2015-04-05 / .

US museum to return stolen artwork bought from Indian dealer

Boston: One of the US' prestigious art museums will hand over to American authorities a rare mid-19th century Tanjore portrait bought from notorious art dealer Subhash Kapoor accused of trafficking stolen antiquities from India. The Peabody Essex Museum in Massachusetts yesterday announced that it will hand over the Indian artwork to the Department of Homeland Security as part of the government's ongoing investigation into an alleged international art fraud enterprise. The artwork titled 'Maharaja Serfoji II of Tanjavur and his son Shivaji II' was purchased by the Museum from Kapoor's New York gallery in 2006 for USD 35,000, the Boston Globe reported.

The Peabody Essex is the second US museum to voluntarily agree to relinquish a work of art linked to the dealer. Earlier this week, the Honolulu Museum of Art returned seven pieces purchased from Kapoor following a probe during which it emerged that the objects had been stolen from temples and ancient Buddhist sites in India and brought to the US illegally. Kapoor was arrested in 2011 in Germany on charges of trafficking in looted Indian antiquities. He was extradited to India and is awaiting trial. He has pleaded not guilty. Peabody Essex Museum director Dan L Monroe said the allegations of Kapoor's art trafficking have created "shock waves" around the world.

"It involves a substantial number of art museums, and they're not just in the US," he said, adding that he knew of 18 museums with pieces linked to Kapoor in their collections. Monroe said the the Museum has been working with Homeland Security Investigations, a division of the federal department, since Kapoor's arrest at the airport in Frankfurt in 2011. "We took a proactive role to notify the Department of Homeland Security of all works we had through gift or purchase from Kapoor," said Monroe. Monroe said Kapoor first established his relationship with the Peabody Essex by donating works to the collection.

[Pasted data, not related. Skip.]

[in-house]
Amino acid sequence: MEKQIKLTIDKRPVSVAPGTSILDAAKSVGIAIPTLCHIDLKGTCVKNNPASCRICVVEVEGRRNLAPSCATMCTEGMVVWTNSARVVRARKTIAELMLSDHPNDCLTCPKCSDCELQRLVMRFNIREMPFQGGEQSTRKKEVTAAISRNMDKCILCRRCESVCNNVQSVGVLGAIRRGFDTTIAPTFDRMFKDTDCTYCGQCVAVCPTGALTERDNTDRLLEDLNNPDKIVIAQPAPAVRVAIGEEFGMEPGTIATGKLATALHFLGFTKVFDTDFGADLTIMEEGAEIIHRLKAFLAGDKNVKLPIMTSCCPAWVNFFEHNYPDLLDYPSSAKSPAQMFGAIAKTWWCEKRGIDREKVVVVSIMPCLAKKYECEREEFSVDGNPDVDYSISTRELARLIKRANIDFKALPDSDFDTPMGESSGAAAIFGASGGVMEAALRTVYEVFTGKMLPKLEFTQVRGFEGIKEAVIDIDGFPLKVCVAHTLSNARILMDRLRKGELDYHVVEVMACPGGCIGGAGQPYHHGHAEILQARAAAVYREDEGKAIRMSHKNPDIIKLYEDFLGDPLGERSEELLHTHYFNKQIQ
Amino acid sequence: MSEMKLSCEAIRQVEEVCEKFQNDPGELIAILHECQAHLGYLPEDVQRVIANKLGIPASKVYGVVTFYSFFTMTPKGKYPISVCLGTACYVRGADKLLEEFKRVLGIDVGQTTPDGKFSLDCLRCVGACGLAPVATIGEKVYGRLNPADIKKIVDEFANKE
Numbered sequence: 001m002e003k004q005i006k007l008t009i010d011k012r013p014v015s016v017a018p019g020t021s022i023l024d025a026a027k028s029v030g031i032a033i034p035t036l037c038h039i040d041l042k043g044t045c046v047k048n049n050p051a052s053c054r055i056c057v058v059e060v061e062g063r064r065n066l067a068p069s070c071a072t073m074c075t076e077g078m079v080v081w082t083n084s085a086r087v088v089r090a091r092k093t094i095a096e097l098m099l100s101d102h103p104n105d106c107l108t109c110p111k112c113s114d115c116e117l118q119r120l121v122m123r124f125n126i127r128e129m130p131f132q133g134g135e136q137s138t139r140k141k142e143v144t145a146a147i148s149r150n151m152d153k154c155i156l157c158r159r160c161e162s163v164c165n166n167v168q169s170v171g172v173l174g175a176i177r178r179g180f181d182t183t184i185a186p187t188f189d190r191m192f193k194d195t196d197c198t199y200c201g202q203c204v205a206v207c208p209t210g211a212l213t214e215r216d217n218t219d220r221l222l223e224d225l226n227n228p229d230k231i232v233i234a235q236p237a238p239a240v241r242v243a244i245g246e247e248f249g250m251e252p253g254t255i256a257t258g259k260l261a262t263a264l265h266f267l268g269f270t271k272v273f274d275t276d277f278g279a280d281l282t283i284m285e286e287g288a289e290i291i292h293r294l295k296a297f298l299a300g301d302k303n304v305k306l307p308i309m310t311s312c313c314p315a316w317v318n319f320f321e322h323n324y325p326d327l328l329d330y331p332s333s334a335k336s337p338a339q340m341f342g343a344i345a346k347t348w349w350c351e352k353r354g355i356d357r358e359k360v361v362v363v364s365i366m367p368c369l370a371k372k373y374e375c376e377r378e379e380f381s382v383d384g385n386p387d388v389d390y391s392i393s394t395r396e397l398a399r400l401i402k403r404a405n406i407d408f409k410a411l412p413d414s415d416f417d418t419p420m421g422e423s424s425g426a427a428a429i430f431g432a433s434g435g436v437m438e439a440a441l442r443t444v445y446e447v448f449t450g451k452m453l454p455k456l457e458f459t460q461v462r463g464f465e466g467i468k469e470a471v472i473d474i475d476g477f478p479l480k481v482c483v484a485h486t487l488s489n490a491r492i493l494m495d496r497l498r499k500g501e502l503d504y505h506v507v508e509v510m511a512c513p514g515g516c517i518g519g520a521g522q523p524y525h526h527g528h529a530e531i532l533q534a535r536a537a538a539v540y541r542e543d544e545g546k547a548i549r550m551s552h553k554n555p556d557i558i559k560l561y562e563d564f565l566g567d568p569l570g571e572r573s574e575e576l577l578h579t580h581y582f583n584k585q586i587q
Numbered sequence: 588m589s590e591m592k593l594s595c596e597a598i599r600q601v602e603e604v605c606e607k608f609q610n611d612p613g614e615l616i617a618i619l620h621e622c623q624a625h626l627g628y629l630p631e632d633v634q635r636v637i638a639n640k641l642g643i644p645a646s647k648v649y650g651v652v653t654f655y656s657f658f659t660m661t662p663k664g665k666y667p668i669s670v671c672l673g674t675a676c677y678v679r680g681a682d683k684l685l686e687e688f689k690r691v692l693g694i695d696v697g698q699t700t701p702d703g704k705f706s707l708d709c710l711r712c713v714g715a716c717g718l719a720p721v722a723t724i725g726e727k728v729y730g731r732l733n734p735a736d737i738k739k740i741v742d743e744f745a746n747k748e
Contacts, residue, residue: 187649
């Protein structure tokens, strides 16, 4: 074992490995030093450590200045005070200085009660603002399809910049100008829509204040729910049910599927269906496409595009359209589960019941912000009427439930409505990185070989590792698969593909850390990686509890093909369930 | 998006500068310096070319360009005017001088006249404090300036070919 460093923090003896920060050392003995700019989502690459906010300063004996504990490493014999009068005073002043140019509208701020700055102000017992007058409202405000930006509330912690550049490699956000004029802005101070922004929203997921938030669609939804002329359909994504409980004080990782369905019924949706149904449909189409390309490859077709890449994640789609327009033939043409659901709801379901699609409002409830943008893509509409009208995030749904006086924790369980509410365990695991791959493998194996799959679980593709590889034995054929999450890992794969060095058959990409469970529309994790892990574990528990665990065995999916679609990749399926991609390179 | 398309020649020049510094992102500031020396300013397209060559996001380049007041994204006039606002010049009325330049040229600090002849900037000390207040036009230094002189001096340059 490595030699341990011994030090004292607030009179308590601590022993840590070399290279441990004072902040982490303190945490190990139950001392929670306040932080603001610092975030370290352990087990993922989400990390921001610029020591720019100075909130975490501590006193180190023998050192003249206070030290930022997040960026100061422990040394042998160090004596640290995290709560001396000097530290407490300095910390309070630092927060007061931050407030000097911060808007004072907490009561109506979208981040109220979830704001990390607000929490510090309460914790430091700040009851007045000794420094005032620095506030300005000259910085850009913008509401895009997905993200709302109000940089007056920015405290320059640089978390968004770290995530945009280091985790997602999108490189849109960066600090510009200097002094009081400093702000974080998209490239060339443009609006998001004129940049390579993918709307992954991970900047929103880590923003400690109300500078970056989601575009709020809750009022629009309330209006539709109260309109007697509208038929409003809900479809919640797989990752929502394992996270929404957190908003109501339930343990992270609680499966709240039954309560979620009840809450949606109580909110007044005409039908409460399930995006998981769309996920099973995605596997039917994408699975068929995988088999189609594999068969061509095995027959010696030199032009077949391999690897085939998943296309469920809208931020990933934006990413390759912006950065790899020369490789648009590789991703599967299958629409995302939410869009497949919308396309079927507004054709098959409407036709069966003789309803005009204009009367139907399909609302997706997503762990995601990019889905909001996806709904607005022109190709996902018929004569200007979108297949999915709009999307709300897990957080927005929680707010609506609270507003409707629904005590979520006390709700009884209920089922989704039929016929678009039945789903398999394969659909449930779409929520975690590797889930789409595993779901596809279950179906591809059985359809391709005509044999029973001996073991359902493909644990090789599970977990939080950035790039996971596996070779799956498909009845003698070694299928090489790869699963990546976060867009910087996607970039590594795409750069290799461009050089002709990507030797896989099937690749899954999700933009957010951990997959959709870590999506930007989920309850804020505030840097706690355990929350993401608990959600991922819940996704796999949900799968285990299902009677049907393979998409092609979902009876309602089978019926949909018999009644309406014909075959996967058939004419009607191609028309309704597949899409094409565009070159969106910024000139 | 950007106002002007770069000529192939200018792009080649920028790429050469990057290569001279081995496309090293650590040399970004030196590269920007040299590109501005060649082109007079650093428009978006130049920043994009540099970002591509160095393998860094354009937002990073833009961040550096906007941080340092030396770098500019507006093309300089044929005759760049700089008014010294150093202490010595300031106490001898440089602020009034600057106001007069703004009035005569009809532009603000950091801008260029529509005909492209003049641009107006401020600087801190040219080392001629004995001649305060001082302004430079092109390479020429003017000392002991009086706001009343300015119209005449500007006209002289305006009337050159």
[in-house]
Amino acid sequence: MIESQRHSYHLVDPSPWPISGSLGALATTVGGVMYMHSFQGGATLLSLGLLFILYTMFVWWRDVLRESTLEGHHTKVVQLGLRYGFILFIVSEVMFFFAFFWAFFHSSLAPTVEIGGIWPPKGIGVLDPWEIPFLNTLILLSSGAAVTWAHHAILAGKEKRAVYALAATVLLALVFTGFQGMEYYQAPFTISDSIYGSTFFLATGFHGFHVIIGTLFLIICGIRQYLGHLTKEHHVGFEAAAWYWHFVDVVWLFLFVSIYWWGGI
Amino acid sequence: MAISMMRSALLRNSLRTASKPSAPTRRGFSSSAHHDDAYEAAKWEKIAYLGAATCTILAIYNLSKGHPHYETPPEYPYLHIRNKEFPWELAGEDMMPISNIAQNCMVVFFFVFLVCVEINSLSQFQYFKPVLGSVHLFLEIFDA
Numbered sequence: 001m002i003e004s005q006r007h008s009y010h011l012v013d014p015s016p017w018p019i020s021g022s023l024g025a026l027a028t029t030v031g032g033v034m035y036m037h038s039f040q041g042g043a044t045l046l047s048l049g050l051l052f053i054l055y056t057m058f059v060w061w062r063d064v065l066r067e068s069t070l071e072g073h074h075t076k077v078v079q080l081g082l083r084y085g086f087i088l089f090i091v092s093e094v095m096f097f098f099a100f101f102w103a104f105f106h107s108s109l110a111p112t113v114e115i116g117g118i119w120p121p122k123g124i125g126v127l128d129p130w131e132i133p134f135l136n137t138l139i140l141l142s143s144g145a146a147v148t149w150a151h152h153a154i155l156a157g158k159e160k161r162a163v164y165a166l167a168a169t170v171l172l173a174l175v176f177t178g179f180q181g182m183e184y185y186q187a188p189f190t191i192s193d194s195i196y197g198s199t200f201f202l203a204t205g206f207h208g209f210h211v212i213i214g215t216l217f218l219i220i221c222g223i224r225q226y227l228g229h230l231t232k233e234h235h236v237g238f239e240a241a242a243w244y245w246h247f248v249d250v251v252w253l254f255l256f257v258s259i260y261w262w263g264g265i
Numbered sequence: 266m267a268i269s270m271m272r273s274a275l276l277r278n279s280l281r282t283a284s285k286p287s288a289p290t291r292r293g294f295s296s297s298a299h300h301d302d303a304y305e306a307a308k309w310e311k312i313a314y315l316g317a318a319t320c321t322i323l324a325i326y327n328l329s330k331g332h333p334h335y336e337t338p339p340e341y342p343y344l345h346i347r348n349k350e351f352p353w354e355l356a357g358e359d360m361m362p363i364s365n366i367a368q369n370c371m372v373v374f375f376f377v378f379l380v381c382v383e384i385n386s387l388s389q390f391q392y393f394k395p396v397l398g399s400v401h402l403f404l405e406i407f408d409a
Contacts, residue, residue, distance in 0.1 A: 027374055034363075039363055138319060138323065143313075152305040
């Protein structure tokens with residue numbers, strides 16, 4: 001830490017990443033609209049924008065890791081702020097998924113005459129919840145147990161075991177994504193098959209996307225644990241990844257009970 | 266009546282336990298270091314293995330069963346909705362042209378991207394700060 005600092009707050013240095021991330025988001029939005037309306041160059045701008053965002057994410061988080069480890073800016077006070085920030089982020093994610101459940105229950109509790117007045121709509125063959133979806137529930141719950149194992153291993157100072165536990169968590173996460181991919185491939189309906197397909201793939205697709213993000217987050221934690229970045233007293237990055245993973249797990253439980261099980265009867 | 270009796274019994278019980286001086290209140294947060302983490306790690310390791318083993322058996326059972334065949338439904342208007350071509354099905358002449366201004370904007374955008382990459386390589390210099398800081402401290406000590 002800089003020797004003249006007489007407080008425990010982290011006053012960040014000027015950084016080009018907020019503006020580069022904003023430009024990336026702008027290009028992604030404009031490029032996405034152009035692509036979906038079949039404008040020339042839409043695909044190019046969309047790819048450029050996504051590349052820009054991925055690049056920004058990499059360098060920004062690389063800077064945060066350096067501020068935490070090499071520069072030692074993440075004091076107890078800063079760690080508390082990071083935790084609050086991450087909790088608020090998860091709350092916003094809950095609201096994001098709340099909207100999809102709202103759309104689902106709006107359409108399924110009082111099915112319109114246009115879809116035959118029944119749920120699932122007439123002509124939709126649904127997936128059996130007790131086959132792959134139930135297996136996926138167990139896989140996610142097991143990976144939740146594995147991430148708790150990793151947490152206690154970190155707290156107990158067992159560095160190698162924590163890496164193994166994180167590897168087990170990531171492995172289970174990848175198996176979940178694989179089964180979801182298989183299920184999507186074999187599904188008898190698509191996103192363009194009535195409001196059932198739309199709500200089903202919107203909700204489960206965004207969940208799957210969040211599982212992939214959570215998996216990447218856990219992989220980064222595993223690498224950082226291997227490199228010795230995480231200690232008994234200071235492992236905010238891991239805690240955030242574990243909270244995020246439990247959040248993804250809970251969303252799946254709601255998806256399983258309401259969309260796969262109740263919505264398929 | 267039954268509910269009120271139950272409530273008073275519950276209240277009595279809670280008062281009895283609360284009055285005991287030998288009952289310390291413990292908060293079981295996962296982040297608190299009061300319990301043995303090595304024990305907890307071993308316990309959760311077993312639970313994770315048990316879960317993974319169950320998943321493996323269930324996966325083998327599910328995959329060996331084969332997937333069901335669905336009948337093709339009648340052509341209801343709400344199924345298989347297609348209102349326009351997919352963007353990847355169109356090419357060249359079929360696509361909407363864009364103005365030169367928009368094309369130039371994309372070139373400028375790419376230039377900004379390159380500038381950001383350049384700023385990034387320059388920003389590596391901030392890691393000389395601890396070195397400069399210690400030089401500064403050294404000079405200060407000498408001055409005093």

"He made several gifts to the museum and then eventually offered works for purchase," Monroe said. He said the Peabody-Essex collection still has "six or seven" of Kapoors works, which federal investigators have told the museum do not appear to have been improperly acquired. Luis Martinez, a public affairs officer with the Bureau of Immigration and Customs Enforcement, said the investigation known as Operation Hidden Idol has already recovered approximately 1,000 items, worth an estimated USD 150 million, linked to Kapoor, the daily reported.

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